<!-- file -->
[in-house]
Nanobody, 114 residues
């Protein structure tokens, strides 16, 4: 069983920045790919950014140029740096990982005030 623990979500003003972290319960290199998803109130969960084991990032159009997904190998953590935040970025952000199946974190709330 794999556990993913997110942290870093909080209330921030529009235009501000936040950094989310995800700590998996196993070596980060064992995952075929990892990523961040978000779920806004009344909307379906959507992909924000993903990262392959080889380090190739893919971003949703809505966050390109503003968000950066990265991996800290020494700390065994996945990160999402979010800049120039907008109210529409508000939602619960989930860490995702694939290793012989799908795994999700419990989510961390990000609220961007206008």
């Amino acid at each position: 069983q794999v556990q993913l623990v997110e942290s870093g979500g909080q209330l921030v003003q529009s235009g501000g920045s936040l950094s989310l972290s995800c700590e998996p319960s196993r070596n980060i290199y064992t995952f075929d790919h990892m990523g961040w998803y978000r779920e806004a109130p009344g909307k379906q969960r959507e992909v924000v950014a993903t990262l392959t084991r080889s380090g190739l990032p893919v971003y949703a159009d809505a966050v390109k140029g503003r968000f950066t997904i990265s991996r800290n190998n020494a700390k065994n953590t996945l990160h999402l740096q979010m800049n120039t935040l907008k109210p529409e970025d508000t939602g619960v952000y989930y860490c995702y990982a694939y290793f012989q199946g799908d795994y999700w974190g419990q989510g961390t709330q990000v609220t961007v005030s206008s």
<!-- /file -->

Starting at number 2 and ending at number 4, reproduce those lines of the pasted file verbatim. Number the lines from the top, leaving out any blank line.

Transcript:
Nanobody, 114 residues
């Protein structure tokens, strides 16, 4: 069983920045790919950014140029740096990982005030 623990979500003003972290319960290199998803109130969960084991990032159009997904190998953590935040970025952000199946974190709330 794999556990993913997110942290870093909080209330921030529009235009501000936040950094989310995800700590998996196993070596980060064992995952075929990892990523961040978000779920806004009344909307379906959507992909924000993903990262392959080889380090190739893919971003949703809505966050390109503003968000950066990265991996800290020494700390065994996945990160999402979010800049120039907008109210529409508000939602619960989930860490995702694939290793012989799908795994999700419990989510961390990000609220961007206008």
């Amino acid at each position: 069983q794999v556990q993913l623990v997110e942290s870093g979500g909080q209330l921030v003003q529009s235009g501000g920045s936040l950094s989310l972290s995800c700590e998996p319960s196993r070596n980060i290199y064992t995952f075929d790919h990892m990523g961040w998803y978000r779920e806004a109130p009344g909307k379906q969960r959507e992909v924000v950014a993903t990262l392959t084991r080889s380090g190739l990032p893919v971003y949703a159009d809505a966050v390109k140029g503003r968000f950066t997904i990265s991996r800290n190998n020494a700390k065994n953590t996945l990160h999402l740096q979010m800049n120039t935040l907008k109210p529409e970025d508000t939602g619960v952000y989930y860490c995702y990982a694939y290793f012989q199946g799908d795994y999700w974190g419990q989510g961390t709330q990000v609220t961007v005030s206008s």